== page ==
From Deborah Whetzel, Children’s Hospital of the King’s Daughters, Norfolk, VA: We’ve had a couple patients lately that demonstrated inhibition but their factor VIII results are within normal limits or even elevated. The result values differ 30–40% typically between dilutions but as they’re diluted more, the values go up to 300 or 400%. FVIII values that high seem really odd to me. We dilute to 1:160, as I’ve seen recommended, with results to that point continuing to get higher. Have you seen this occur and is there something that we should be doing? Thanks for your help.
Category: Lupus Anticoagulant
From Aliaa Amer: Hi George, we are using Actin FSL for our routine activated partial thromboplastin time (APTT, PTT). Whenever we get a prolonged APTT that is >5 s above the upper limit of the norm range we do mixing studies, both immediate and 2 h incubation using 1:1 and 4:1 mix, the latter to detect weak lupus anticoagulant (LA). In many instances we get full correction and we proceed to factor assays which turn out to be normal. Then we test for LA using the dilute Russell viper venom time (DRVVT). To our surprise we find it is positive for a mild LA (LAS/LAC = 1.5, our cut off is 1.2) which could not be detected even by the 4:1 preparation. Do you have any explanation for this? We are using the Siemens BCS analyzer.
Here is a message about the dilute Russell viper venom time assay (DRVVT) for lupus anticoagulant (LA) from international expert Thomas Exner, HAEMATEX, Sydney, Australia:
It was a pleasure to meet you at the International Society on Thrombosis and Haemostasis (ISTH) meeting recently. I would like to respond an interesting question raised on July 16, 2013 in your Fritsma Factor website. Best wishes.
From Bonnie Brozak-Sarandos, MT(ASCP)SH, Hematology and Coagulation Technical Specialist, ProHealth Care Laboratories, Waukesha Memorial Hospital:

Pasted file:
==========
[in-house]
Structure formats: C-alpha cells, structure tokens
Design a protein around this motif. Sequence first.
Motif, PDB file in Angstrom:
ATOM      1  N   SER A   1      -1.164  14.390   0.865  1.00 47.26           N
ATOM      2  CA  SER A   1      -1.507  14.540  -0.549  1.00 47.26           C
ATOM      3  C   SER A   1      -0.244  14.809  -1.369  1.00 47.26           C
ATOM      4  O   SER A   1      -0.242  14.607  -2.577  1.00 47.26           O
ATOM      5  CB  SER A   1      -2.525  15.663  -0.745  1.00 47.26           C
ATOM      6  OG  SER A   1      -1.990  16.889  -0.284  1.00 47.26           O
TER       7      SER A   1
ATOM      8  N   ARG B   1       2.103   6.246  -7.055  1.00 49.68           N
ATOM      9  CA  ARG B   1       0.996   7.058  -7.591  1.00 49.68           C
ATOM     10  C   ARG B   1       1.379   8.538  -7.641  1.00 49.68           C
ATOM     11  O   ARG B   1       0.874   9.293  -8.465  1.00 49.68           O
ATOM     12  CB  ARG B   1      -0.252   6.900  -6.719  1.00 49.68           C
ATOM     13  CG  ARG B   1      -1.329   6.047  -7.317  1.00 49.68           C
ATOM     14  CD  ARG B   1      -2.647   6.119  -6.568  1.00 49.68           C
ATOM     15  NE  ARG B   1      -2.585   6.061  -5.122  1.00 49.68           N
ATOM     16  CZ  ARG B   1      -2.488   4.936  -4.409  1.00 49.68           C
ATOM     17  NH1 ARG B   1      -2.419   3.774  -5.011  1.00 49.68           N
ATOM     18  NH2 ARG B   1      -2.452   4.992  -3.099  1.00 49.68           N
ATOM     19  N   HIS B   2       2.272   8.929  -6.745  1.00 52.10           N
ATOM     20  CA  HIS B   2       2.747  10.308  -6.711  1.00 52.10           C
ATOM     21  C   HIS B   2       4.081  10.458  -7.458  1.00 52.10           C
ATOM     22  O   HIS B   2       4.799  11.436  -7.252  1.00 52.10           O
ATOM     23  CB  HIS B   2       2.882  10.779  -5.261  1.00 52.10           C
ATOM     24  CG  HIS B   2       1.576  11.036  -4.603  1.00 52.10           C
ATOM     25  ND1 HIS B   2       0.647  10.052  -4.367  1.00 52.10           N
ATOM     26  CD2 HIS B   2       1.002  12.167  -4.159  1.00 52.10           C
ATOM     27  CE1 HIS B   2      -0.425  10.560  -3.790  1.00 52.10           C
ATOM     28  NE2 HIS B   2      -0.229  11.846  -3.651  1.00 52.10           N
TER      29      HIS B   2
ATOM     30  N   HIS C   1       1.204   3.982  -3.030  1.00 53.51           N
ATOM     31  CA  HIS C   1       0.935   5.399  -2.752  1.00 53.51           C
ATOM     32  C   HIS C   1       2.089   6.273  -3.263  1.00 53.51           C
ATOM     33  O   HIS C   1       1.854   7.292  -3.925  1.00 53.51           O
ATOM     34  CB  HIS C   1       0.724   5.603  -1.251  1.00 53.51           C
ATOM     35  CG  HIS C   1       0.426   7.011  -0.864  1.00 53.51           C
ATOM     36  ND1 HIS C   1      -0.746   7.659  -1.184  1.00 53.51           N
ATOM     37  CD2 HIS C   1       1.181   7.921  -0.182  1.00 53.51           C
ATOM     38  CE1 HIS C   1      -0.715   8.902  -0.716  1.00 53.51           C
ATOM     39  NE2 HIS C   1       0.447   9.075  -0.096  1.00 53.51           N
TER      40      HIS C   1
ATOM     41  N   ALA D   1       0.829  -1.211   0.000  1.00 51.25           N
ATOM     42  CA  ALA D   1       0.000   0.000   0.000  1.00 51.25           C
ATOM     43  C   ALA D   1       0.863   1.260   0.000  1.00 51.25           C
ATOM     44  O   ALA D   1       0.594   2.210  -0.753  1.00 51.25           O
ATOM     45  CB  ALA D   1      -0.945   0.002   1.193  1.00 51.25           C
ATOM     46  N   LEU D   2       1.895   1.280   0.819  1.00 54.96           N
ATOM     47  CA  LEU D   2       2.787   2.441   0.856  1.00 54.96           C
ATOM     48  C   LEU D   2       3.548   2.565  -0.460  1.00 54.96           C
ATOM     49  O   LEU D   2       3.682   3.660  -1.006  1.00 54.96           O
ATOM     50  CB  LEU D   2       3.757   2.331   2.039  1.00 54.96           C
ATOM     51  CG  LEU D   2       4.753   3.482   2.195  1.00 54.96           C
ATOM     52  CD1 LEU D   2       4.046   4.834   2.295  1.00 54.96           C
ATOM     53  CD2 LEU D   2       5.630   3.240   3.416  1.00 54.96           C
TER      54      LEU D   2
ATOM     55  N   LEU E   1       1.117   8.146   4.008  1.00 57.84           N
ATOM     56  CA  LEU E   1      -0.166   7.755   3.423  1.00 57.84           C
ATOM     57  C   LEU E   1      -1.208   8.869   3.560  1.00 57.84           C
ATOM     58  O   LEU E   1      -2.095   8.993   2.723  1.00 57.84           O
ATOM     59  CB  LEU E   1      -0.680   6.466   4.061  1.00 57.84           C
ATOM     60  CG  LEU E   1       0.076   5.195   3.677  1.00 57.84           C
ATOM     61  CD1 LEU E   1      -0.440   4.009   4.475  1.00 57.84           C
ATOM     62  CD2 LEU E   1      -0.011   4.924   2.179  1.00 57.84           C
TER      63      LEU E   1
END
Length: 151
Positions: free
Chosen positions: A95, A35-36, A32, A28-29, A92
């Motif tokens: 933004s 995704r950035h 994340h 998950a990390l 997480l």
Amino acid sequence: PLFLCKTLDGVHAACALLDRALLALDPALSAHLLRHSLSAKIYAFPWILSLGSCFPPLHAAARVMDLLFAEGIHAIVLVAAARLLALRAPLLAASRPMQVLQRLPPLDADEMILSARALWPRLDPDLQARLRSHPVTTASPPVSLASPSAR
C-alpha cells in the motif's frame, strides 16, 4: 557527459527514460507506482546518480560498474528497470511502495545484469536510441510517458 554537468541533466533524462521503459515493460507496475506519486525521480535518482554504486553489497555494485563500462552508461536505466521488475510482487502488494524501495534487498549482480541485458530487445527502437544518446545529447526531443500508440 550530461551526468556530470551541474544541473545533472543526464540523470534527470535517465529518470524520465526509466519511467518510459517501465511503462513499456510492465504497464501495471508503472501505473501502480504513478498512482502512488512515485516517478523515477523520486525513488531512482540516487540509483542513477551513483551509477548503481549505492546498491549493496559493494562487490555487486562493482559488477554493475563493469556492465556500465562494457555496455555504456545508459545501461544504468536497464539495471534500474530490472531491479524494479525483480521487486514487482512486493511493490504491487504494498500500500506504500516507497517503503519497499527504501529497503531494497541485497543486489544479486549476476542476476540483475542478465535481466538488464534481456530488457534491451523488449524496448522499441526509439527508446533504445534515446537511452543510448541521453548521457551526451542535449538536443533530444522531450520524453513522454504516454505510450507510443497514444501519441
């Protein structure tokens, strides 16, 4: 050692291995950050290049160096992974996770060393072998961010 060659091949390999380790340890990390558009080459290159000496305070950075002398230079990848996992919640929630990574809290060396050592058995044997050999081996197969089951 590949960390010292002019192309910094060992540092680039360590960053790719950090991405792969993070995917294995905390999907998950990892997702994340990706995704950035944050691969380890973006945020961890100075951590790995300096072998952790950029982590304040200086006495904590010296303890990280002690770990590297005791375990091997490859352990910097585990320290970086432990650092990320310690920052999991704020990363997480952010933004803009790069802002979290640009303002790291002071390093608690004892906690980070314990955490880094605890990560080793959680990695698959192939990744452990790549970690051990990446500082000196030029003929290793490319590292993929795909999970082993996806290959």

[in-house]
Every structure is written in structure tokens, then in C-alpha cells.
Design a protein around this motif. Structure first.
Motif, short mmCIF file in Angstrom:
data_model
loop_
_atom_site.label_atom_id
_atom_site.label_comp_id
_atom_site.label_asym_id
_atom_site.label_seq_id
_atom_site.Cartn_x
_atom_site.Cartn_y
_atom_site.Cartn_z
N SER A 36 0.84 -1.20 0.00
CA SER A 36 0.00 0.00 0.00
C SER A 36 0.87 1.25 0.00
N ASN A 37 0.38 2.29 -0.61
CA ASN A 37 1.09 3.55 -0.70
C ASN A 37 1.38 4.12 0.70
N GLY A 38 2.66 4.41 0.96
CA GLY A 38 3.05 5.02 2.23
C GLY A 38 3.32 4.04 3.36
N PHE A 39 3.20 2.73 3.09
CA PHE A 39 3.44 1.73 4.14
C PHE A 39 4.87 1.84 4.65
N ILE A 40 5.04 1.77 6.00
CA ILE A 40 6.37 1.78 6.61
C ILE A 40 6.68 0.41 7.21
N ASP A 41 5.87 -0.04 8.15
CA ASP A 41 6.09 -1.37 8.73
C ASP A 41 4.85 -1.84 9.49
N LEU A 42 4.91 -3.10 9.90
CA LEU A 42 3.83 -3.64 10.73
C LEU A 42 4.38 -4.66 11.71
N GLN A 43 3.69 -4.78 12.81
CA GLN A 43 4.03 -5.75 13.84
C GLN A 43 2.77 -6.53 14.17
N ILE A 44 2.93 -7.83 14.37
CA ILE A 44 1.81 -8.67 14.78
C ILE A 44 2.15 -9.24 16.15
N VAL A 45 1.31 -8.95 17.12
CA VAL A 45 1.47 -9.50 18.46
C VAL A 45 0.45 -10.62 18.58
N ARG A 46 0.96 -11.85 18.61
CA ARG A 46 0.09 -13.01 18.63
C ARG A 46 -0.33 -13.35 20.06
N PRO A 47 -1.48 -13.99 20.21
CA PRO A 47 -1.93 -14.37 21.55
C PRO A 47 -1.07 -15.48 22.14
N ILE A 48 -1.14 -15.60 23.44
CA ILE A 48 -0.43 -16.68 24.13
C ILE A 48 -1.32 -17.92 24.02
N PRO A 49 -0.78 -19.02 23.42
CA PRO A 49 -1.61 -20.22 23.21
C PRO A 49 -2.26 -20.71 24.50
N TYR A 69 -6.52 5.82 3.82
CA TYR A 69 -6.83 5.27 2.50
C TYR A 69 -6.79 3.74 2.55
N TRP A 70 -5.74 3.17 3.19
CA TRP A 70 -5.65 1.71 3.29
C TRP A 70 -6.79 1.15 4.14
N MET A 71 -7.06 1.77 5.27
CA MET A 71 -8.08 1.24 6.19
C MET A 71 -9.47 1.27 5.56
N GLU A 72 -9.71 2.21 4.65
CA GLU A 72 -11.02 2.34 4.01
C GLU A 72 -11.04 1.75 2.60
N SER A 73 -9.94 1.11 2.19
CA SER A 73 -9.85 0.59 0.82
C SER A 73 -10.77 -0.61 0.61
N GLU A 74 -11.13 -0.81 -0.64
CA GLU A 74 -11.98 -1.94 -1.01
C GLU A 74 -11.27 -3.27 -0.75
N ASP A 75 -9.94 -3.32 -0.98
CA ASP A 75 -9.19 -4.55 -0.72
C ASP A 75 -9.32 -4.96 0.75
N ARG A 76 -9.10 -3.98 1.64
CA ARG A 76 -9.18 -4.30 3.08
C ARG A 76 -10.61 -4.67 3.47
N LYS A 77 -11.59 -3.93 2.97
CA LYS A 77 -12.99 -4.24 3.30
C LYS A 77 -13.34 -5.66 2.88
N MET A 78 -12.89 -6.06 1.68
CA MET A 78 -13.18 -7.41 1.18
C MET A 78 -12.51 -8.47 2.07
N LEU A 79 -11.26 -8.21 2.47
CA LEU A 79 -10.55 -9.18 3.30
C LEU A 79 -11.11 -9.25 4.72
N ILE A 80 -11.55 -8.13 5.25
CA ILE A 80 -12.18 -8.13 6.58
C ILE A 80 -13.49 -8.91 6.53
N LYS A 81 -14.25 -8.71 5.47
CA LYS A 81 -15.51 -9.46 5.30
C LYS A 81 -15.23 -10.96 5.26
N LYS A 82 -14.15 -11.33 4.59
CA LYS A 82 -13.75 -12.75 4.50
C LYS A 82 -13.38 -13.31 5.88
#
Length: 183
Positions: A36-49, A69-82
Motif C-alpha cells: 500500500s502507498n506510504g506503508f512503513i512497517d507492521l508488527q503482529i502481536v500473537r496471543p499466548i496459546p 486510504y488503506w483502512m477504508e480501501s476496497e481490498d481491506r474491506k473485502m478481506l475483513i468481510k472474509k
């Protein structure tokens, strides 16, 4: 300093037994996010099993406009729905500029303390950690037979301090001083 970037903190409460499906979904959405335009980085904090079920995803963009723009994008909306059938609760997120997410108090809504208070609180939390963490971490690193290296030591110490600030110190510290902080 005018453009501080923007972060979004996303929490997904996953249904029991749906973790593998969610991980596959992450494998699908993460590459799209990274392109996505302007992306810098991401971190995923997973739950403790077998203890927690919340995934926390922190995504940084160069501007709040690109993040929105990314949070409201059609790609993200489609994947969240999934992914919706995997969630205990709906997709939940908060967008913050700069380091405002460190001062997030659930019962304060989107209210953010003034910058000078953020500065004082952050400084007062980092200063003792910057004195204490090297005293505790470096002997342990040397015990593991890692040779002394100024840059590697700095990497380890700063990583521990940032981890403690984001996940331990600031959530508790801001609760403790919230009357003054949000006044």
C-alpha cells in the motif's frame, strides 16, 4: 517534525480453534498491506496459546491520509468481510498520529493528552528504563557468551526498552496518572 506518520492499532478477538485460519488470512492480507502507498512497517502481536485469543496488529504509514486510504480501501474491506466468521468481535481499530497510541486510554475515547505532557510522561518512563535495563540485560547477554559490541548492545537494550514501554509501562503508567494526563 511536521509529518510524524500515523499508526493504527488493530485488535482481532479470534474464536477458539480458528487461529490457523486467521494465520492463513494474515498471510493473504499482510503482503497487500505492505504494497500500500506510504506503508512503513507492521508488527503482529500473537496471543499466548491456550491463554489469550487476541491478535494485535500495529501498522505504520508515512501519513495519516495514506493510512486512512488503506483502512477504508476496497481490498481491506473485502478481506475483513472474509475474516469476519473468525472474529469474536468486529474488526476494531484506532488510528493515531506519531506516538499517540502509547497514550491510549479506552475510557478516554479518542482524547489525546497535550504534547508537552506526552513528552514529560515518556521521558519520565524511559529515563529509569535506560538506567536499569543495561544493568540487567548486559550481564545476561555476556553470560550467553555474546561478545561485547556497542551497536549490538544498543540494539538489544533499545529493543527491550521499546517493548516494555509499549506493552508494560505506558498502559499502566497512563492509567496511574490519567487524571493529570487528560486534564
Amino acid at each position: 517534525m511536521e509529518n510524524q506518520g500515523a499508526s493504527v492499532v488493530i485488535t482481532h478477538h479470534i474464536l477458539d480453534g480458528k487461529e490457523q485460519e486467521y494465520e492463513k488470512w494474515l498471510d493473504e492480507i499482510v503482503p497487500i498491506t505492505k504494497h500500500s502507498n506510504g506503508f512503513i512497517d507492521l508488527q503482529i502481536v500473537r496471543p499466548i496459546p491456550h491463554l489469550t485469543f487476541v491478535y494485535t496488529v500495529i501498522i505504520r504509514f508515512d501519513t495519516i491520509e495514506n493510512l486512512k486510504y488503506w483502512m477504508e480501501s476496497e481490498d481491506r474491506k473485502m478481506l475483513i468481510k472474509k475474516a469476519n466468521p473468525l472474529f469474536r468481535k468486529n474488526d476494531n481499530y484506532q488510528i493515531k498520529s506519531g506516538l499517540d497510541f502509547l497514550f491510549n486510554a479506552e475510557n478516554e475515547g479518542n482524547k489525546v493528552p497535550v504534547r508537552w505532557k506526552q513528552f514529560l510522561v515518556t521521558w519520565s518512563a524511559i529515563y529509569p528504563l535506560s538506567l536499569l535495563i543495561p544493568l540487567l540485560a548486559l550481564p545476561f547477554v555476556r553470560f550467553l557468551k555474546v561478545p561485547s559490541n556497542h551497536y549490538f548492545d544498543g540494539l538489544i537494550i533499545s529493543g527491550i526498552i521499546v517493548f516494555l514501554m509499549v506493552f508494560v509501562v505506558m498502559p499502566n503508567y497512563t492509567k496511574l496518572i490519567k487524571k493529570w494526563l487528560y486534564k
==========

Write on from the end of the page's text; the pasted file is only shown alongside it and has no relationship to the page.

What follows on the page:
Hi George, When performing the Staclot lupus anticoagulant (LA) test, the difference between Staclot 1 and Staclot 2 used to use a cutoff value of 8 seconds. We have been told by the reagent manufacturer that we should establish our own cutoff with each new lot number and use 4sd above the mean . The reagent supplier suggested using either purchased normal donor samples or using our own patient population. Using our purchased normal donors we now have a cutoff of 10.8 seconds. When we use a mixture of our normal patients and some purchased normal donors, it rises to 16.0. This is a big difference, and it is exactly what the reagent supplier said would happen, but what is right? What is the right way to establish this important cutoff? What about the patient who falls between 10.8 and 16.0? Just wondering if you know what others are doing or what experience you have with this change.
Hello Geo, I have a question about lupus anticoagulant (LA) testing. Before I go off and tell people wrong I thought I would run this by you. Situation is, we have physicans who want to run antiphospholipid syndrome panels on patients who have a history of having a clot (one time usually). The activated partial thromboplastin time (PTT) is in normal range as are the prothrombin times (PTs). If they likely had an LA wouldn’t the PTT be prolonged? Is there something I am missing here?
Secondly they are ordering it on patients who are currently on heparin, which is a no no too. Right? Let me know, before I start telling these doctors that the test is not appropriate. Thanks, Lindsey Davenport-Landry.
There are three helpful comments appended to our December 5, 2012 Delta Checks for PT, PTT, Fg, and D-dimer post. One came from “goblue,” whom I surmise is a University of Michigan Wolverines fan (sorry about that South Carolina game): “While administering Xarelto (rivaroxaban), will this give a false positive result on lupus anticoagulant (LA) tests?”
Yes, as rivaroxaban is a direct anti-Xa anticoagulation, it prolongs the PTT and interferes with PTT-based LA testing. On the basis of physiology and mechanism, the DRVVT-based LA assay should still work, however if any one has checked this out in the laboratory, please add your comment here. Geo.
From Mahnaz Sairi, Associate Director of Hematology, MBHN: Hi George: What is the highest limit we can report For FVIII? And how we determine this? Is it by clinical significance or by instrument linearity?
Also, should we still do lupus anticoagulant (LA) testing if both the prothrombin time (PT) and partial thromboplastin time (PTT) are normal?
From David Summers: I have a question regarding the following lab results and all clinical symptoms which seem to represent systemic lupus erythematosus (SLE):
- PTT LA 52 seconds, reference limit 40 seconds
- DRVVT screen 44 seconds, reference limit 42 sec
- Antithrombin antigen 39 mg/dL, reference interval 18–33 mg/dL
- Protein C activity 13%, reference interval 70–180%
- There is a negative anti-nuclear antibody (ANA) test.
Would this person be considered SLE positive?